Brought to you by OBS reviewer Verushka Recently, I found my way to a blog and a post about the vampires in the supernatural and fantasy genre (I did comment on the post, but I cannot for the life of me find it again). The post questioned whether the vampire had to return to being a psychopath, a killer as the genre currently features more of the vampire bad boy in a romantic setting and everything the creature was has been lost. I agree that more often than not, the vampire as the romantic bad boy is more popular than anything else these days, but I don’t think that the vampire has to return to being a cold-blooded killer in order to rejuvenate the genre or rather the audience’s love for the creature. I think, and as much as I enjoy the settings authors come up with, scenarios and certain aspects of novels tend to be incredibly similar. This is one of the main reasons I enjoyed The Bloody Red Baron – the vampires are not the bad boy romantic heroes but Newman has made them part of normal society and created a world so different at the same time that a genre I had grown very tired of was suddenly interesting again. And, yes, I feel incredibly weird writing this about a book that was first published in 1995, because I was sure it was much newer than that. So, in a nutshell, after marrying Queen Victoria in the first Anno Dracula book Newman moves Dracula to World War I on the German side, and readers follow Edward Winthrop as he navigates the war and his need for vengeance on the Red Baron. The Red Baron gets plenty of page time as well, through Edgar Allan Poe, a vampire and his biographer. No, seriously and it works brilliantly. As well as fighting in the war on both sides, vampires tend to the wounded (their blood aids recuperation), are journalists writing about it, or happen to be PM of the UK, the Red Baron, or Mata Hari. Not a bad boy or psychopathic killer (and no, the Red Baron and his fliers don’t count – read it, and you’ll see what I mean) in sight, though vampires, like the human characters are not without their flaws. Newman has taken something readers are used to and familiar with and gave it a very simple vampire twist. He’s coupled this with incredible attention to detail in his writing (aerial dogfights in World War I fighters and the war down on the ground) and his research of World War I. Newman also doesn’t restrict himself to the usual characteristics of vampires – his are capable of being out during the day, among other things. They have their bloodlines, which each have their own characteristics and it widens out the scope of the book and the characters immensely. The next best bit? Is the mix of fictional and real world characters that include Churchill, Mycroft AND Sherlock Holmes (briefly), and Edgar Allen Poe. It’s captivating to see the world and how these characters navigate it in ways completely different to what we usually expect of them. The new edition of this novel also includes a long novella entitled Vampire Romance and featuring Genevieve, a vampire from the first Anno Dracula book, that doesn’t feature as much in the Red Baron. In addition there’s a film treatment of the book called Red Skies, and a wealth of annotations from the author. This review and more at openbooksociety dot com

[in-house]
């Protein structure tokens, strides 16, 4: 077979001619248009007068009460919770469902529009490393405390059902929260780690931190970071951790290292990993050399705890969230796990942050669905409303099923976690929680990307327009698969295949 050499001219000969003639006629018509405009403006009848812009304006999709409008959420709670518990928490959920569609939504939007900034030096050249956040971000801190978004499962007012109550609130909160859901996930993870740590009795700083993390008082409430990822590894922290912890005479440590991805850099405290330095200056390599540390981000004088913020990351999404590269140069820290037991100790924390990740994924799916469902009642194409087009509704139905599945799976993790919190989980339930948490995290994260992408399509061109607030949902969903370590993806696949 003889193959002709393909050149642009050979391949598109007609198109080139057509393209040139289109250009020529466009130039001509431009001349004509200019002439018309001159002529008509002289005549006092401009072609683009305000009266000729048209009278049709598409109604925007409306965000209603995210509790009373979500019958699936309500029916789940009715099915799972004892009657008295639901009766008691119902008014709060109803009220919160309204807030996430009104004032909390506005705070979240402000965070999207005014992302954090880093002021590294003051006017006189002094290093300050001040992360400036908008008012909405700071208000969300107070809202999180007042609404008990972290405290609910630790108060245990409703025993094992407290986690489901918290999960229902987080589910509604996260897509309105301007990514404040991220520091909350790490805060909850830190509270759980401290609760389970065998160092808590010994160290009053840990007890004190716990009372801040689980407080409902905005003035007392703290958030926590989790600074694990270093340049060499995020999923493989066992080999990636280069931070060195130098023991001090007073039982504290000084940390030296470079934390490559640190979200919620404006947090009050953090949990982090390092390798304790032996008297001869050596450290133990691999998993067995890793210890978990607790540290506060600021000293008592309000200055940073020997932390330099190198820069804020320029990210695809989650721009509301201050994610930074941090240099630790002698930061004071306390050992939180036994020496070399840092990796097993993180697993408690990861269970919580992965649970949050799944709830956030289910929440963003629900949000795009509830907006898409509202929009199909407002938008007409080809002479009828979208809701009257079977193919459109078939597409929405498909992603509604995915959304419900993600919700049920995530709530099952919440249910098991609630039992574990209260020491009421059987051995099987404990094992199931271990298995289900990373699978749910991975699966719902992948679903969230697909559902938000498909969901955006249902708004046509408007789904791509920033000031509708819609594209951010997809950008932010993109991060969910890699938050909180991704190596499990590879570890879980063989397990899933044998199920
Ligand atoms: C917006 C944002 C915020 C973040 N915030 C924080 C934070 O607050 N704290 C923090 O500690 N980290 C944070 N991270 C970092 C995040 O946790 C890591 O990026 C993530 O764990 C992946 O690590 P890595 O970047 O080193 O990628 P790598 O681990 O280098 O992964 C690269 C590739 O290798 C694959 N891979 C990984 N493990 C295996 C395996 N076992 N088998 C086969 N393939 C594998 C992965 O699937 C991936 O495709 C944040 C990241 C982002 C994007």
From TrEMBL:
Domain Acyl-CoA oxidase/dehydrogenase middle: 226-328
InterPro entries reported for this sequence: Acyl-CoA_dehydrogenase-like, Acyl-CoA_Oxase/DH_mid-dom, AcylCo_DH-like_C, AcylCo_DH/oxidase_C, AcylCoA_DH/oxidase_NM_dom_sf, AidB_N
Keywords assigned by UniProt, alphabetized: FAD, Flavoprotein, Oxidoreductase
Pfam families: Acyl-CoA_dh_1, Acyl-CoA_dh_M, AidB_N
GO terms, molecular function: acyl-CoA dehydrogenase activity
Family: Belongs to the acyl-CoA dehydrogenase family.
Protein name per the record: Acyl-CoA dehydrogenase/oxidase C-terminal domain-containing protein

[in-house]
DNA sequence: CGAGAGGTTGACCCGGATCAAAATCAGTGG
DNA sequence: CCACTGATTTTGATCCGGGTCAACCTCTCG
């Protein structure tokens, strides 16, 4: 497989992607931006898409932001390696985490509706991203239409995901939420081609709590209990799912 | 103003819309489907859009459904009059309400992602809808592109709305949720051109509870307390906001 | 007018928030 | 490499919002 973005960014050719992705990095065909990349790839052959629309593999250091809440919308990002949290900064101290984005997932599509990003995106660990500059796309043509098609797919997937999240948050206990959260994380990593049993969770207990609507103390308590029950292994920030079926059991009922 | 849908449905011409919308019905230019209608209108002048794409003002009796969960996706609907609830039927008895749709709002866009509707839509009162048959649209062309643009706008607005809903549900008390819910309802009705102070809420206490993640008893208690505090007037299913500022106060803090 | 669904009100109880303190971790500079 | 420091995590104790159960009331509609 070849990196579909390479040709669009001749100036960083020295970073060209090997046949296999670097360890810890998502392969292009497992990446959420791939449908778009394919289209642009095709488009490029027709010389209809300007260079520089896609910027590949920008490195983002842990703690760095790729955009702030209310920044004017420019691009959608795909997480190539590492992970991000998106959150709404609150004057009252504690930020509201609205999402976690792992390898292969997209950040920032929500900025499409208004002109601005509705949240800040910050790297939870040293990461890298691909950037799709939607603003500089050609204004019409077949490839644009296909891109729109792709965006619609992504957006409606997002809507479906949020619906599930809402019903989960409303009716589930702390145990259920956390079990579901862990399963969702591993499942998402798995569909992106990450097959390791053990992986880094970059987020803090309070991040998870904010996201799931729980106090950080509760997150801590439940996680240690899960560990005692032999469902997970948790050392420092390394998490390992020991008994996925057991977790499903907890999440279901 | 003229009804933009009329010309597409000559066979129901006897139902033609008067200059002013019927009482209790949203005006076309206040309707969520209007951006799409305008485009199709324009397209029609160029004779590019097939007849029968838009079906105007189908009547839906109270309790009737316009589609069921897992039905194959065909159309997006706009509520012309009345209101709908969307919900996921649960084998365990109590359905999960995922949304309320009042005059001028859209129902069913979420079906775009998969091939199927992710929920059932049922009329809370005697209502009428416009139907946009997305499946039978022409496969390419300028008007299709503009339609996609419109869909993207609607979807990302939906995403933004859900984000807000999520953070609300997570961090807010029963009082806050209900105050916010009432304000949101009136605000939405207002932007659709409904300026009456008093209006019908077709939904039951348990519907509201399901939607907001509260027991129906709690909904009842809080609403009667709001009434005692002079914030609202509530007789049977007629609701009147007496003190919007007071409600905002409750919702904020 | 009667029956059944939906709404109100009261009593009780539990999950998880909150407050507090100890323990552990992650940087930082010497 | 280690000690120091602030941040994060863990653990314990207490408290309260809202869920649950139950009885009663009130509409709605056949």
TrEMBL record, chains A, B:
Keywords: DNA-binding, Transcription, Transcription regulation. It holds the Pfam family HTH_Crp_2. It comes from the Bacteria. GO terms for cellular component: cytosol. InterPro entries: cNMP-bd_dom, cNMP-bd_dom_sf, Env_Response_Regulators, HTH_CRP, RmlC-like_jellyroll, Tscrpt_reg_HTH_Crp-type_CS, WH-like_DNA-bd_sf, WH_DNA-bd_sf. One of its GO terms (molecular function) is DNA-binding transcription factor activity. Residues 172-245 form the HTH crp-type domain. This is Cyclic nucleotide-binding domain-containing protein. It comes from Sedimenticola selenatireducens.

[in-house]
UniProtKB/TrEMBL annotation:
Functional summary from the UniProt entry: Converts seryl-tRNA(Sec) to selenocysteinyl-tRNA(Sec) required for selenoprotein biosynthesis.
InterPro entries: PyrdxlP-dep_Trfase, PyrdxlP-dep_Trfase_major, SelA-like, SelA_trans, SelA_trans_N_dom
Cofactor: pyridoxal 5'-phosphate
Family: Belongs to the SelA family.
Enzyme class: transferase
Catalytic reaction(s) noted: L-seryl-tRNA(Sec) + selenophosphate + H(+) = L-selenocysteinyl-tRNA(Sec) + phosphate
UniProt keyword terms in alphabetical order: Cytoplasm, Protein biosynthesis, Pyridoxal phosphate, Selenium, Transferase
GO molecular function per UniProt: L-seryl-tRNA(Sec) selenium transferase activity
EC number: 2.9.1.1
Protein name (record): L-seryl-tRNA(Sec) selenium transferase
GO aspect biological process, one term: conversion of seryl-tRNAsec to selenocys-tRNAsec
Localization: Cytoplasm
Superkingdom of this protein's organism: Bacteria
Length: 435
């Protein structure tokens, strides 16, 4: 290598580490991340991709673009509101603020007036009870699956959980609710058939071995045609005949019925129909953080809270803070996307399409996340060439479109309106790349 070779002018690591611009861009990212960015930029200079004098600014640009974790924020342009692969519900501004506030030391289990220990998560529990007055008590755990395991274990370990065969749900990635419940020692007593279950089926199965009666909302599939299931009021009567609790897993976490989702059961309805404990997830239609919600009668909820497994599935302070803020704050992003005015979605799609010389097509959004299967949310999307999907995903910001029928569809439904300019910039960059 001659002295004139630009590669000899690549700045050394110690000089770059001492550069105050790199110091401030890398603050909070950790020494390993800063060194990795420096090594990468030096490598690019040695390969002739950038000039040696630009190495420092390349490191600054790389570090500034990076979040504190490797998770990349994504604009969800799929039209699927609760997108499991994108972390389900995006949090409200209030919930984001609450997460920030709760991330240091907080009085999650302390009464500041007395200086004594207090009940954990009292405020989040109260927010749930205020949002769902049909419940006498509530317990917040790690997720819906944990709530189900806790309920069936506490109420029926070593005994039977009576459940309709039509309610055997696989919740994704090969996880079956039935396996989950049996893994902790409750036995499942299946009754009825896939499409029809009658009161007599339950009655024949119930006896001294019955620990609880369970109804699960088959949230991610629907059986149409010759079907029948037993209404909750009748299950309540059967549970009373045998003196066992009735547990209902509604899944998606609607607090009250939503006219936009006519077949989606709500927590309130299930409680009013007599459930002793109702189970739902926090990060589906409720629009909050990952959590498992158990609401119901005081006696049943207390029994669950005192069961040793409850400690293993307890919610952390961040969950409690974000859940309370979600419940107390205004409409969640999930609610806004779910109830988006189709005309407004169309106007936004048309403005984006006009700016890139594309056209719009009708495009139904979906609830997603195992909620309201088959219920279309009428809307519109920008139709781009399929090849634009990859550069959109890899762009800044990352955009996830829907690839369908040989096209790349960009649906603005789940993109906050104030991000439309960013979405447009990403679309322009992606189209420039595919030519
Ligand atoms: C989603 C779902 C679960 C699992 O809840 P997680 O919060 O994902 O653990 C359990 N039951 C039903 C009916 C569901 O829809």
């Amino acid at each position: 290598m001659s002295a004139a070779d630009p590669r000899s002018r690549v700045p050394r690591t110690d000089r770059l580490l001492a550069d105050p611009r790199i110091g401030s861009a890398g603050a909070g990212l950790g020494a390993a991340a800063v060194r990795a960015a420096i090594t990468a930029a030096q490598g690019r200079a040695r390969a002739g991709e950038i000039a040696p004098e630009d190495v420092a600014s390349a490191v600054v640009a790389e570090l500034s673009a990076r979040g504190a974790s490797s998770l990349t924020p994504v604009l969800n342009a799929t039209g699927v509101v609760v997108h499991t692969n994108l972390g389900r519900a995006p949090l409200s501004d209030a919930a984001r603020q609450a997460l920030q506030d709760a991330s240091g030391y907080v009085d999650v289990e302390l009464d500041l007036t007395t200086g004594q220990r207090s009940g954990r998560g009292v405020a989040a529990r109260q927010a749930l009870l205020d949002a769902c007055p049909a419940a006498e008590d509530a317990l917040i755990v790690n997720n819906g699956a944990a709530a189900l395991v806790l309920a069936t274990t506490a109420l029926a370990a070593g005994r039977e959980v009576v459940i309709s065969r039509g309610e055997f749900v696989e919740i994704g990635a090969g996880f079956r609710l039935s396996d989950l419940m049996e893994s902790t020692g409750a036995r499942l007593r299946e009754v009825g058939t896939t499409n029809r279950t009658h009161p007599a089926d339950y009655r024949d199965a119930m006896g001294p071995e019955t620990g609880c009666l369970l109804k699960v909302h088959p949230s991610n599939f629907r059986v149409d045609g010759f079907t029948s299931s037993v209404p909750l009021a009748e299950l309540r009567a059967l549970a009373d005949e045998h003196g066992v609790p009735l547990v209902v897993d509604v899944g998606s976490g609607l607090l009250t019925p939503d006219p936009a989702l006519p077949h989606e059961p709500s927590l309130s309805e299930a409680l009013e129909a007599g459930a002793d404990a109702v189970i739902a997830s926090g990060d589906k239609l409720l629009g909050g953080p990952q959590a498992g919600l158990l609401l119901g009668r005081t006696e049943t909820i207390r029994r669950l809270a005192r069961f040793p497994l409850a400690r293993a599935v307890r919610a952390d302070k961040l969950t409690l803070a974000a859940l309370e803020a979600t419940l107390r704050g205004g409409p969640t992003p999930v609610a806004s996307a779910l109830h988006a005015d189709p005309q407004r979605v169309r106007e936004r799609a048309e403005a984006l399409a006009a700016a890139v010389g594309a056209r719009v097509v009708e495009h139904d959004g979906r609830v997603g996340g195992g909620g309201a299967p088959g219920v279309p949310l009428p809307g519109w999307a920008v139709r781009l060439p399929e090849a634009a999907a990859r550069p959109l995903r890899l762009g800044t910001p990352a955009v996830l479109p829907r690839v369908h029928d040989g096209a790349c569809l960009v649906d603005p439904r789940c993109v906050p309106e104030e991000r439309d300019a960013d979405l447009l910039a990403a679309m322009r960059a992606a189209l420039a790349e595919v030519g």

I would recommend reading the first book, well first. However this is still a great book that does a great job depicting WWI. And Edgar Allen Poe as a vampire? Genius